Let’s Debunk A Few Misconceptions About Travel


I exist, almost exclusively, in a world of travel. It’s what I read about, it’s what most of my friends talk about and naturally it’s all I write about. It’s a bit of an obsession. That’s why I was surprised recently by the questions when I was asked to be a guest on a radio program in a smallish sized town. The questions were fairly similar to each other and all dealt with issues of fear, safety and uncertainty. There were no questions about the amazing benefits travel affords us, only how to deal with our fears. It’s a self-fulfilling prophecy, if you think about it. If we tell people they need to be scared and worried about the travel experience, then they will naturally be scared and worried about the travel experience. While I can certainly attest to the fact that bad things do happen sometimes when we hit the road, these moments are rare and far between. No, instead the travel experience is almost entirely a positive one not only full of fun and relaxing activities, but many more opportunities for us to grow and evolve on very personal levels. So, with all of this in mind, I thought I’d tackle a few of the more common misconceptions about travel and debunk them once and for all.

It’s dangerous

This is a misconception expressed especially by my fellow countrymen and is oh so wrong. I think some folks have a natural inclination to distrust anything foreign, and every news story about any issue, no matter how trivial, only feeds into that false mythology. With some notable exceptions – war torn areas, North Korea, Baltimore – the world is on the whole a fairly safe place. Does that mean you should travel carefree? No, you always need to take precautions to both protect your money and things, as well as yourself. Basic common sense should help though, and as long as you aren’t overly foolish you should be fine. Regardless, you should never let a false threat (real ones are ok) of danger to stop you from traveling. The fact is that in many cases where we live is more dangerous than the places we want to visit. I’ve traveled all around the world many times but the only time I’ve been pickpocketed was right here in the U.S. So no, the world is on the whole NOT a dangerous place and you should start seeing it as soon as possible.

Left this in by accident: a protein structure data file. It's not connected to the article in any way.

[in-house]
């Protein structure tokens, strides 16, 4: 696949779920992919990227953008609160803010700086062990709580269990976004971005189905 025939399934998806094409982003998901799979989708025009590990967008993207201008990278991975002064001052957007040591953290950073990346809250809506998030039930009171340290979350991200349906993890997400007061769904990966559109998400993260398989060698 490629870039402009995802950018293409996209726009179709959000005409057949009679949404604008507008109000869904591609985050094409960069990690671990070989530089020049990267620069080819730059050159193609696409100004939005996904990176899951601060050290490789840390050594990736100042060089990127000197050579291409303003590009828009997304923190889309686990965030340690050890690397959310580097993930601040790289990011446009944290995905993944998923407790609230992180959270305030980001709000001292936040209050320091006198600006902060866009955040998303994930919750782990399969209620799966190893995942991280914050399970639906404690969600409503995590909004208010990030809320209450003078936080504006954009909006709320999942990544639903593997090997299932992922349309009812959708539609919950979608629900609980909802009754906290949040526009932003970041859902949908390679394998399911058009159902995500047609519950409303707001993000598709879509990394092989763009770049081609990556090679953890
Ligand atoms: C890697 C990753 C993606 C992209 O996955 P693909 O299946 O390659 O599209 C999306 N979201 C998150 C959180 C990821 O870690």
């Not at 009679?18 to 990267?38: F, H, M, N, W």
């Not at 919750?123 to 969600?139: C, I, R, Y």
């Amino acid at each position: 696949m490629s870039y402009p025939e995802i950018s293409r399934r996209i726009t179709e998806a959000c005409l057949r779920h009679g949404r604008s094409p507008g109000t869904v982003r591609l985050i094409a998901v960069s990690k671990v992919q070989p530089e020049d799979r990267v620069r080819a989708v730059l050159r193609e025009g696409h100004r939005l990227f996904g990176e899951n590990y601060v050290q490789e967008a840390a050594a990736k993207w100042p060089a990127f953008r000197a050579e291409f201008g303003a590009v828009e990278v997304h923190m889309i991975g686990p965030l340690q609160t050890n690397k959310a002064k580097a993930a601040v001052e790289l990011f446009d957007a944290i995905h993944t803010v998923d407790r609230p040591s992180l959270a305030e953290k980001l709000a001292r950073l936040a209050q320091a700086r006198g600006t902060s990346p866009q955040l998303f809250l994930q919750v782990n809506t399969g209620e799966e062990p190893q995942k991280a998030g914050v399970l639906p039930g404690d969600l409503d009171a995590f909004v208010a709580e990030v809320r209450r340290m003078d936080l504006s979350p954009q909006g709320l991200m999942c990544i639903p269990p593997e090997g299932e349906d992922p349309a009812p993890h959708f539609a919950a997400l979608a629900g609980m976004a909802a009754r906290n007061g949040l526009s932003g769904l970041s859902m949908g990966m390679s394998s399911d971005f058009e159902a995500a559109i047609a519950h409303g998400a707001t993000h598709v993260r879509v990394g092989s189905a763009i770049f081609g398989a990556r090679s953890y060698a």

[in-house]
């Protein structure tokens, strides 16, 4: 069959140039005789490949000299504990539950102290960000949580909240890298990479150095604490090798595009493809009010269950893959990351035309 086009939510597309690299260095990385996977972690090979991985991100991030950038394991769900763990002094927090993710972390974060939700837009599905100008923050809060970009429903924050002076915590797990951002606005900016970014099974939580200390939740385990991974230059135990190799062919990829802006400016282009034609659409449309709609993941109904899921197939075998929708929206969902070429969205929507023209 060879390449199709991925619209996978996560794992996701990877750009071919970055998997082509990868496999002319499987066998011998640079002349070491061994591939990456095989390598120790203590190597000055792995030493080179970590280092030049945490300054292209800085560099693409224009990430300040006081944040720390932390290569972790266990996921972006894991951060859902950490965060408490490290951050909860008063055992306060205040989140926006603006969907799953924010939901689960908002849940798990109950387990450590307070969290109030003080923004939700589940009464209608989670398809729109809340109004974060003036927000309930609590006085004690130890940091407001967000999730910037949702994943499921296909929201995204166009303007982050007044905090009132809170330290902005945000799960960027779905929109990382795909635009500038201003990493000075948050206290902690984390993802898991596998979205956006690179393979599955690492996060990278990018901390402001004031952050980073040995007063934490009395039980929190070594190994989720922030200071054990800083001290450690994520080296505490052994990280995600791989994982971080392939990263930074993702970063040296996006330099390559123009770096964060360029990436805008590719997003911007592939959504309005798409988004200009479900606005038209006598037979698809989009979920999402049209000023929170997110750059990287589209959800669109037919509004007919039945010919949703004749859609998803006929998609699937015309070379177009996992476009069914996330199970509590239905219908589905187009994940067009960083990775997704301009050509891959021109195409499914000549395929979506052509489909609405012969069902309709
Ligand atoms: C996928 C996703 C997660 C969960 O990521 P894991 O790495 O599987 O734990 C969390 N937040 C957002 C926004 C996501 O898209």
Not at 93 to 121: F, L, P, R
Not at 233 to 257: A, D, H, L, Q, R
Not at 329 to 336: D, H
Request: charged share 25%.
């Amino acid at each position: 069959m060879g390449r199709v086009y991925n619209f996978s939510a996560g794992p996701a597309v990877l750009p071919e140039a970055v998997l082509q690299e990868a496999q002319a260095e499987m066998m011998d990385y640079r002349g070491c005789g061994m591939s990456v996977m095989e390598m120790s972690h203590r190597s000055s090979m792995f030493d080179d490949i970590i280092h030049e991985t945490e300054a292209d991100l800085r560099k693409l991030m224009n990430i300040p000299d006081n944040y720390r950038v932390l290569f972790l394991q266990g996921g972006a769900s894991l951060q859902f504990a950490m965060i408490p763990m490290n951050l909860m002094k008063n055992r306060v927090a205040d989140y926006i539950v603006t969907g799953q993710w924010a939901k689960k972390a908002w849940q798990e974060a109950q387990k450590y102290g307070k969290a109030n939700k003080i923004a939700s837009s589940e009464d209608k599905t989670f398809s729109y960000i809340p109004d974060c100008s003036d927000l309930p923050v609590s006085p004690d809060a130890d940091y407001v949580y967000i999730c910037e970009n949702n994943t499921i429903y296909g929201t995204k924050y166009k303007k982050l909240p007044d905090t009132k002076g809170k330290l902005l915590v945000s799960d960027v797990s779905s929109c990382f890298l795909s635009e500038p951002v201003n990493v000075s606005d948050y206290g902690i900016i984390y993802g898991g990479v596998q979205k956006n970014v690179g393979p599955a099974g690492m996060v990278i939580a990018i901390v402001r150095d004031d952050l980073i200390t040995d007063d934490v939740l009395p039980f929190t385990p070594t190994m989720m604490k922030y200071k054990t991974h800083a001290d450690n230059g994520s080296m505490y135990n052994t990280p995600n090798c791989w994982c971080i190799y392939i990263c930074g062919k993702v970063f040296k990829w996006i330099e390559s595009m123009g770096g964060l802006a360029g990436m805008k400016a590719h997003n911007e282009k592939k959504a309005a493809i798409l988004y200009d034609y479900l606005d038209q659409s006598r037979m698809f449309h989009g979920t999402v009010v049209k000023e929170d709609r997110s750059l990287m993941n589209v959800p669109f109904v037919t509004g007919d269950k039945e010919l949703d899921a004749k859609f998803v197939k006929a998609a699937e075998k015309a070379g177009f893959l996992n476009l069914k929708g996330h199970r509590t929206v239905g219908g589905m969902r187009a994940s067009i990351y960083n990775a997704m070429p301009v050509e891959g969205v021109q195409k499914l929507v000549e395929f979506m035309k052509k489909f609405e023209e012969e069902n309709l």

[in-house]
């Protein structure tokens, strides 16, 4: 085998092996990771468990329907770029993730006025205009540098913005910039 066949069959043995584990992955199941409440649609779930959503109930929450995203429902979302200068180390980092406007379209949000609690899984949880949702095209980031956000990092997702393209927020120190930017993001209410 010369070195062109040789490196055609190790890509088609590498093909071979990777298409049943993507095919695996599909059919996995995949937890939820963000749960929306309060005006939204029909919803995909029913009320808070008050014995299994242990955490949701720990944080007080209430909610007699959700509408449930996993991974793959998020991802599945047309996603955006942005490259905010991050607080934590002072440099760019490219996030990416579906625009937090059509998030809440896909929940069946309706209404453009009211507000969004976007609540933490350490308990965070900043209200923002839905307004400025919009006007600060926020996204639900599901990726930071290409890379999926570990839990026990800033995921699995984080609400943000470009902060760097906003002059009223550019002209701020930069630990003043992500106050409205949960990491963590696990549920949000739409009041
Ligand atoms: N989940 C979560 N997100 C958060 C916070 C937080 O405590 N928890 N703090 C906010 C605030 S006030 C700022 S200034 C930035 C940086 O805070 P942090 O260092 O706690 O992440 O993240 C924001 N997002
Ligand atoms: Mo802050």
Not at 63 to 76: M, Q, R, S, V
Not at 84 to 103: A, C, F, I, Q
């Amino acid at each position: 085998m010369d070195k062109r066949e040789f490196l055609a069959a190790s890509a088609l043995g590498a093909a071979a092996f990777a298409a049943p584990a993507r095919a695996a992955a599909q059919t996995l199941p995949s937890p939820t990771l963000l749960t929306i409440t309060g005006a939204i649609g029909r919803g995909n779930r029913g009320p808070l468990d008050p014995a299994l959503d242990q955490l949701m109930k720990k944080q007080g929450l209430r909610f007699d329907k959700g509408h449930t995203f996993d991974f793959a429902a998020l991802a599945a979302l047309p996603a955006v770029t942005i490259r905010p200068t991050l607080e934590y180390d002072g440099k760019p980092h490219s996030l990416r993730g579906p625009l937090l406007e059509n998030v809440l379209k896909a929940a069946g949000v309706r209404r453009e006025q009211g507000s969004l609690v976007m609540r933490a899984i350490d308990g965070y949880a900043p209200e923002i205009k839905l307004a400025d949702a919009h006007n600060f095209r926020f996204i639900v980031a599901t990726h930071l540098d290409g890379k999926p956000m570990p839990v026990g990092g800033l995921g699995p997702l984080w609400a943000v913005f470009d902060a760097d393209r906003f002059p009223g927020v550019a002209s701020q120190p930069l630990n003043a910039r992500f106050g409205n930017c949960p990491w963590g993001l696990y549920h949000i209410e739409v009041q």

Plane Overberg South Africa

Only for the rich

Sure, if you want to jump on a private plane, stay at the best hotels and resorts and eat out at 3-Michelin star restaurants every night, then having some extra cash in the bank is helpful. But travel is one of those great experiences that is truly egalitarian. Not every trip has to be epic and over the top, a simple road trip to a destination a few hours away isn’t only fun, but helps in all the usual ways that we normally benefit from travel. We explore, learn and relax. Sure, it’s sometimes a little more fun to do that on an exotic beach, but my point is that travel doesn’t have to be complex to be fun. Even if you have your eyes set on that trip to Europe or Asia, it’s more possible than you think. One of my first posts was about how to save extra money to put towards travel. Stop buying fancy coffees, limit how much you eat out and look at your monthly expenses and identify some other ways you can save money. Believe it or not but it adds up very fast and once you’ve realized these savings, devote them towards that trip you’ve been lusting after. I think you’ll be surprised just how much you can save and how quickly you can do it.

Retro clock

I don’t have the time

This is another one mostly aimed at my fellow Americans. The sad fact is that not only do Americans get very limited time off of work, but we don’t even use what time we do get! Every other industrialized nation realizes the importance of time off and having a work-life balance, and yet these are concepts we just can’t accept easily. So yes, I do think that most of us do have the time to travel. Remember what I said in the previous point, travel doesn’t have to be lengthy or complex to be fun. Take a Friday off and enjoy a long weekend somewhere close by. Better yet, take a look at the calendar and maximize holidays and other days off. I used to do this all of the time when I had a conventional job. If you plan it right, you can get a couple of weeks of vacation and only take a few days off of work.